Local Senior Officer for Highland Scott Hay has welcomed a reduction in accidental house fires across the region.
LSO Hay presented his third quarter report to the Highland scrutiny committee today (25 March 2015) at the Town House in Inverness.
During the third quarter (October to December) in 2013 there were 50 house fire incidents reported to Scottish Fire and Rescue Service in Highland, compared to 32 for the same period in 2014. This is in line with the downward trend over the previous five years.
LSO Hay says that although he is pleased with the reduction there is no room for complacency and the service will continue to target those most at risk from fire in Highland communities.
He said: “We work closely with partner agencies and communities to reduce the number of accidental house fires through the delivery of targeted Home Fire Safety Visits (HFSV) and the installation of free smoke detectors.
“Supporting the targeted delivery, partner agencies routinely share information identifying residents that would most benefit from this free service. However, we do offer HFSV to all Highland residents because our clear goal is to reduce the risk of fire and harm to all householders and their property.”
SFRS staff within Highland delivered a total of 939 Home Fire Safety Visits during the third quarter, which represents a very high percentage (94%) of the service’s target for the period. These figures are broken down further into 413 high risk visits, 296 medium risk visits and 230 low risk.
Mr Hay said: “These figures confirm the Scottish Fire and Rescue Service’s commitment to making communities safer through reducing the risk from fire and other emergencies.
“The figures also indicate that we continue to target the most vulnerable in our communities therefore ensuring that the necessary fire safety advice and guidance is provided to those who most need it and ultimately across the entire Highland area thereby making people safer within their homes.”
There were no fire fatalities across Highland during the third quarter this year, which mirrors last year’s position during the same period.
LSO Hay said: “There was no one killed as a result of fire during this period. However, there have been three recent fire fatalities in the Highland area outwith this reporting period. This only goes to remind us that we cannot be complacent and we must continue to work closely with our partners in other public agencies and voluntary organisations to prevent people in our communities dying unnecessarily as a result of fire."
The number of fire casualties in Highland during the third quarter of the year also fell from 13 in 2013 to 7 in 2014.
LSO Hay added: “The Service recognises the number of house fires will have the greatest impact on the number of fire casualties and fatalities. Therefore we will continue to work hard and identify those households that would benefit most from the delivery of a Home Fire Safety Visit.”
There was a slight rise in deliberate fires during the third quarter from 28 in 2013 to 42 during the same period in 2014. However this is set against the downward trend over the previous five years.
LSO Hay said: “Deliberate fires include those as a result of fire related antisocial behaviour and wildfires. Analysis of the overall incidents and the periods in which they occur has identified seasonal variations, for example during muirburning and holiday periods.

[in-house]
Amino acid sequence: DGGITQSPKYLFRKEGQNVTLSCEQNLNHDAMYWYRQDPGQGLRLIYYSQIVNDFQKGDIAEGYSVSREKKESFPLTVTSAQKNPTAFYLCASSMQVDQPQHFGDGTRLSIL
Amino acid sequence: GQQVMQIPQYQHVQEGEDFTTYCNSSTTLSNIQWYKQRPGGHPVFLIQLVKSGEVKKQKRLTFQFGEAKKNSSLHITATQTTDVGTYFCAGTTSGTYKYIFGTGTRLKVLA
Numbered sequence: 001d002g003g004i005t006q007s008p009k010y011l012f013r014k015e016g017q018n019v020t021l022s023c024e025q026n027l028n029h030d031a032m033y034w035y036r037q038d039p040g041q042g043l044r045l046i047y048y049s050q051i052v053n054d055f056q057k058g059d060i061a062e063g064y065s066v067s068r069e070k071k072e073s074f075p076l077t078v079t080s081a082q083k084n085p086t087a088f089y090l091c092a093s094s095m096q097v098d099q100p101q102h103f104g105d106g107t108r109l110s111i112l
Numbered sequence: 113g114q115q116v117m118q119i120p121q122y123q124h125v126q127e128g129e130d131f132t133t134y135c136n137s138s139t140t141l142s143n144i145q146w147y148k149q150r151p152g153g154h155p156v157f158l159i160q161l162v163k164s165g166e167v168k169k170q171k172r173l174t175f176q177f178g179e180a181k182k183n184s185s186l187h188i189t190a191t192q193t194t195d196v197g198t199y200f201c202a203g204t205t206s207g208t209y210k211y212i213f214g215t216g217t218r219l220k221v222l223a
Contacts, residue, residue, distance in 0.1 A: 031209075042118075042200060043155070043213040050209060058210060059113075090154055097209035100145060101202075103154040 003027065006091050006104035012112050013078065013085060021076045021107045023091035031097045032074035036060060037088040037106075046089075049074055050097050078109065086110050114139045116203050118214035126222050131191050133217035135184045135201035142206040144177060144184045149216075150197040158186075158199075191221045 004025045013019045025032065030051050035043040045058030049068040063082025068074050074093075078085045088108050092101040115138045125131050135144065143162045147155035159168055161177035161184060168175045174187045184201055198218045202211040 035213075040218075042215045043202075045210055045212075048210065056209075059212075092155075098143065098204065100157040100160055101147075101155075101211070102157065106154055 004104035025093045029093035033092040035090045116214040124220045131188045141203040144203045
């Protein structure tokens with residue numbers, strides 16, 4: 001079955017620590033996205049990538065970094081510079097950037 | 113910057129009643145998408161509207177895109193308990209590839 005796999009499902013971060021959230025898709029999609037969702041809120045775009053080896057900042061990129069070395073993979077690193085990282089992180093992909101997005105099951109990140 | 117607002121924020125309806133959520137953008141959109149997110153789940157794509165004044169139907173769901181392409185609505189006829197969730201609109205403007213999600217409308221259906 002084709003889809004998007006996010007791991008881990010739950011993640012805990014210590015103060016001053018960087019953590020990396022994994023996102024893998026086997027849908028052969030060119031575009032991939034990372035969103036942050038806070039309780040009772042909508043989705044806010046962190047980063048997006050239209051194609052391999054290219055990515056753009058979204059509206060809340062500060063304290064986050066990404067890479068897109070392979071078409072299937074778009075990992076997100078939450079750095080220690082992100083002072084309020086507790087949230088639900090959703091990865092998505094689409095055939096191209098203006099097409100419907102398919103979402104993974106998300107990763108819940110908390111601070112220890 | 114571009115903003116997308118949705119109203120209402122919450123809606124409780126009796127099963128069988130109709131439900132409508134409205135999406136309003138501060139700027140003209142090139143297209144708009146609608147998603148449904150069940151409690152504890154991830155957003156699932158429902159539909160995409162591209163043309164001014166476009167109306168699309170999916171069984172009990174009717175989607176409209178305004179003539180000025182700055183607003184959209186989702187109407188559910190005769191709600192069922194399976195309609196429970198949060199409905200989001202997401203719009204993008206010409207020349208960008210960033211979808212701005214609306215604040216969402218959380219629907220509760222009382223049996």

“The Service has introduced a number of fire reduction strategies and thematic action plans, which target these types of incident.
“SFRS is working with partners to reduce these incidents overall. We promote fire reduction through the Safer Highland Antisocial Behaviour Group which supports a coordinated delivery of fire reduction activities, issue targeted wildfire prevention advice to the public in relation to wildfires and target key groups ahead of known peak activity periods.”
The third quarter also saw a reduction in false alarm calls, from 348 in 2013 down to 336 during the third quarter in 2014.
LSO Hay said: “The Service responds to a number of false alarms over the reporting period, a number of which are unwanted fire alarm signals (UFAS). While we attended fewer UFAS during quarter three, we continue to work with duty holders to reduce the number of UFAS events. This quarter reduction is in line with the decreasing trend of the previous five reporting years.”
The SFRS has also introduced a new retained recruitment process for Scotland which speeds up recruitment from point of application through to attending a new trainee course at many of the Service’s training centres across Scotland.
LSO Hay said: “The current recruitment process has recently closed for this quarter and a number of applications have been received for stations in the Highland area. The Service will be advertising again very soon and would encourage members of the communities across Highland to apply and join the service and help protect the communities in which they live.
“If you know of anyone who may be interested in becoming a retained firefighter you can also get in touch with local fire and rescue staff. They will be happy to discuss the application process and the role in preparation for the re-opening of the RDS recruitment process.”
For more information about how you can join Scottish Fire and Rescue Service as a retained firefighter visit our website /work-with-us/join-us-as-a-retained-firefighter.aspx.